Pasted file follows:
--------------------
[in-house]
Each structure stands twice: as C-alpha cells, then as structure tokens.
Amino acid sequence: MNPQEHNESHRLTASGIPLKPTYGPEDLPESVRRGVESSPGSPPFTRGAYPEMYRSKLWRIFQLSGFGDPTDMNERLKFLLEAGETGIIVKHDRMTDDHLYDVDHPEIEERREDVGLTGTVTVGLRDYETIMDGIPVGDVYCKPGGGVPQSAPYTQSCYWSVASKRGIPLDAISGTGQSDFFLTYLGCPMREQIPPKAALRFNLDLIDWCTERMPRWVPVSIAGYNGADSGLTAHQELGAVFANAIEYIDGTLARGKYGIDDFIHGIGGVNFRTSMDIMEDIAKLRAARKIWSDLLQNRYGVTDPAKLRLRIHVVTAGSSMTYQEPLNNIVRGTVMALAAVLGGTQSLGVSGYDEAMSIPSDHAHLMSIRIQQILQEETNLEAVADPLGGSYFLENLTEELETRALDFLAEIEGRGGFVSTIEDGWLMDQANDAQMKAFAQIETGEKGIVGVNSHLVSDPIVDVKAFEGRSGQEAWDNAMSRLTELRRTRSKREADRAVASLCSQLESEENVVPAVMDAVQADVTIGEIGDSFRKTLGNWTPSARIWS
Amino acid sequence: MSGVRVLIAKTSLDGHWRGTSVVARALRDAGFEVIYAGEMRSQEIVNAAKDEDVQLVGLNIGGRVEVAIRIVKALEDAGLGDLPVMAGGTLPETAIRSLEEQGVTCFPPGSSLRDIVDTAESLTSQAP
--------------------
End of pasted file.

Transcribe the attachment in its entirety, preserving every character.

[in-house]
Each structure stands twice: as C-alpha cells, then as structure tokens.
Amino acid sequence: MNPQEHNESHRLTASGIPLKPTYGPEDLPESVRRGVESSPGSPPFTRGAYPEMYRSKLWRIFQLSGFGDPTDMNERLKFLLEAGETGIIVKHDRMTDDHLYDVDHPEIEERREDVGLTGTVTVGLRDYETIMDGIPVGDVYCKPGGGVPQSAPYTQSCYWSVASKRGIPLDAISGTGQSDFFLTYLGCPMREQIPPKAALRFNLDLIDWCTERMPRWVPVSIAGYNGADSGLTAHQELGAVFANAIEYIDGTLARGKYGIDDFIHGIGGVNFRTSMDIMEDIAKLRAARKIWSDLLQNRYGVTDPAKLRLRIHVVTAGSSMTYQEPLNNIVRGTVMALAAVLGGTQSLGVSGYDEAMSIPSDHAHLMSIRIQQILQEETNLEAVADPLGGSYFLENLTEELETRALDFLAEIEGRGGFVSTIEDGWLMDQANDAQMKAFAQIETGEKGIVGVNSHLVSDPIVDVKAFEGRSGQEAWDNAMSRLTELRRTRSKREADRAVASLCSQLESEENVVPAVMDAVQADVTIGEIGDSFRKTLGNWTPSARIWS
Amino acid sequence: MSGVRVLIAKTSLDGHWRGTSVVARALRDAGFEVIYAGEMRSQEIVNAAKDEDVQLVGLNIGGRVEVAIRIVKALEDAGLGDLPVMAGGTLPETAIRSLEEQGVTCFPPGSSLRDIVDTAESLTSQAP